Letters of Recommendation: Who, When, and How

Many colleges rely on personal recommendations to round out an applicant’s formal application. Recommendations help the admission officers learn about an applicant by reading what teachers, counselors, activity sponsors and employers have to say about a student as a scholar, leader, team player, individual and citizen. Sometimes recommendation writers are asked to respond to specific questions or write about specific traits, and other times they are allowed to write freely.

Many colleges will ask for a letter from a teacher or counselor. You may want another letter from someone you’ve worked with or who knows you well outside of school.

Who to ask:

  • Ask teachers, mentors and supervisors who know you well.
  • Make sure you present a balanced picture. This means you may not want to ask two teachers from the same area of study (math, science, English, etc.) or activity.
  • Make sure you select the teachers who can present the strongest recommendation, and not necessarily the ones who are your favorites.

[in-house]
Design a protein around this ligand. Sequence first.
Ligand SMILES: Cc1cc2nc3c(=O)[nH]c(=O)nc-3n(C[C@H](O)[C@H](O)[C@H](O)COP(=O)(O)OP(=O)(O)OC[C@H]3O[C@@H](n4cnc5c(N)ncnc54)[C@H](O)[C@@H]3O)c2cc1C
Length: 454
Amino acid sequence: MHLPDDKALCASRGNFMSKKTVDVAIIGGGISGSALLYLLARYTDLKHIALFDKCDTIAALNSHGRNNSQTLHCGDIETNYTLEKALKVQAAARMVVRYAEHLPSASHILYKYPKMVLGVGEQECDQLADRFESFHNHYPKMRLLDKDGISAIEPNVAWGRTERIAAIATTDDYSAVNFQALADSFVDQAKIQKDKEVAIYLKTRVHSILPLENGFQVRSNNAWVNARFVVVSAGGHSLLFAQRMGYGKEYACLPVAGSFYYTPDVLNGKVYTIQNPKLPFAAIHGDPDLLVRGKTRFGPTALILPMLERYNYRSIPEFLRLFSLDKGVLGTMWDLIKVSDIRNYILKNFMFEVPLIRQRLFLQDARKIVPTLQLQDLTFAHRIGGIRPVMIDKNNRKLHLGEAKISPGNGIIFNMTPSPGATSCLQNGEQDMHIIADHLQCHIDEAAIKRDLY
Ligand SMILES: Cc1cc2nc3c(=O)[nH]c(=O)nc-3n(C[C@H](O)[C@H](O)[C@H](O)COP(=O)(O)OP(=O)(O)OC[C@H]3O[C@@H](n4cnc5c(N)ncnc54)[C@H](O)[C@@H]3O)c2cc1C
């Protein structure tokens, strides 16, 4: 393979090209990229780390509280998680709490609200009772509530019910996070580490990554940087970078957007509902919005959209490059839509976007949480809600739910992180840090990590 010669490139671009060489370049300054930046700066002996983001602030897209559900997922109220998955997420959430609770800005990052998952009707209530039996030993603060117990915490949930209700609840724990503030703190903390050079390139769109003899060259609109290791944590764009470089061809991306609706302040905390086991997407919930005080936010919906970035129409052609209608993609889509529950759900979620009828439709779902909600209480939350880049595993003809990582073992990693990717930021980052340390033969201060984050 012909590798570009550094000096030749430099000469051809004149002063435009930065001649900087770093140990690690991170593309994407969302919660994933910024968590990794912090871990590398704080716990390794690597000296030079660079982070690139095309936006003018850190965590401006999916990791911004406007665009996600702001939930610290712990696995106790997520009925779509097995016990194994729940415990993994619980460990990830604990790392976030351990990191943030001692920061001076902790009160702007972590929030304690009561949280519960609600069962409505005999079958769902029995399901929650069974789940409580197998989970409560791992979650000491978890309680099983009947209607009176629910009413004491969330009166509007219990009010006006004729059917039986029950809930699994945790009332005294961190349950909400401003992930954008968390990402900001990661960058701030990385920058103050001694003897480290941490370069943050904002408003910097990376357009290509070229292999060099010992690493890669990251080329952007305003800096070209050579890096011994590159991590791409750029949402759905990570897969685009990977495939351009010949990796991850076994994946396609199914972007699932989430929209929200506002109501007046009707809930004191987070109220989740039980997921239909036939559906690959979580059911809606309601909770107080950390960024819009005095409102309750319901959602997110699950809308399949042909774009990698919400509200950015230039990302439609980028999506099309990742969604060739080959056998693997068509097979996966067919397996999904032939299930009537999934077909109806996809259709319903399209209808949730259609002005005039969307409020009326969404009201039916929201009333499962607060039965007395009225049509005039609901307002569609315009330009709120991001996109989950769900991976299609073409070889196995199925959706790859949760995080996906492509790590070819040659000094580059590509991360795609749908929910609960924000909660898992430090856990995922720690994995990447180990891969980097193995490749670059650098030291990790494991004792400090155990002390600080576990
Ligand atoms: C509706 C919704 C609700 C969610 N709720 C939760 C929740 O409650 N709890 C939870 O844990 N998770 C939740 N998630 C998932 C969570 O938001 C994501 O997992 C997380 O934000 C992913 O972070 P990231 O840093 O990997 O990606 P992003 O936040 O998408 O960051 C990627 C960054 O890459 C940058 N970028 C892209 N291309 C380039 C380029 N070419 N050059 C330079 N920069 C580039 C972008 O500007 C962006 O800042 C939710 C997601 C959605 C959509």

When to ask:

  • Ask early! Be the first to ask the teacher and not the last. Teachers may get several requests, and writing letters takes time.
  • Give ample time for the letters to be written and mailed prior to a deadline.
  • Provide the recommenders with envelopes addressed and stamped to each of the colleges if the writers are to send the letters.
  • Check back with the letter writers. Give them a gentle reminder before the deadline approaches, and then confirm that the letters were mailed.

What a letter of recommendation can say: Consider ahead of time what you want the recommender to address in the letter, and provide a summary or resume that might help. You may want different writers to focus on different traits. One, for example, may write about your academic ability while another may address your leadership. Your letter may want to showcase:

  • How you contribute to class discussions
  • The depth of your understanding of the material being presented in class
  • What motivates you
  • Your potential for success
  • How you handle challenges and setbacks
  • How your ability matches your achievements
  • What sets you apart
  • What your peers have to say about you
  • Leadership abilities
  • Involvement in the community
  • Sense of humor

Don’t forget: Say thank you. Regardless of whether you are admitted to a specific college, thank your letter writers for their work. If you do get admitted, be sure to let them know.

Check out Cappex for more help with your college search, including other great ways to stand out during the college admissions process.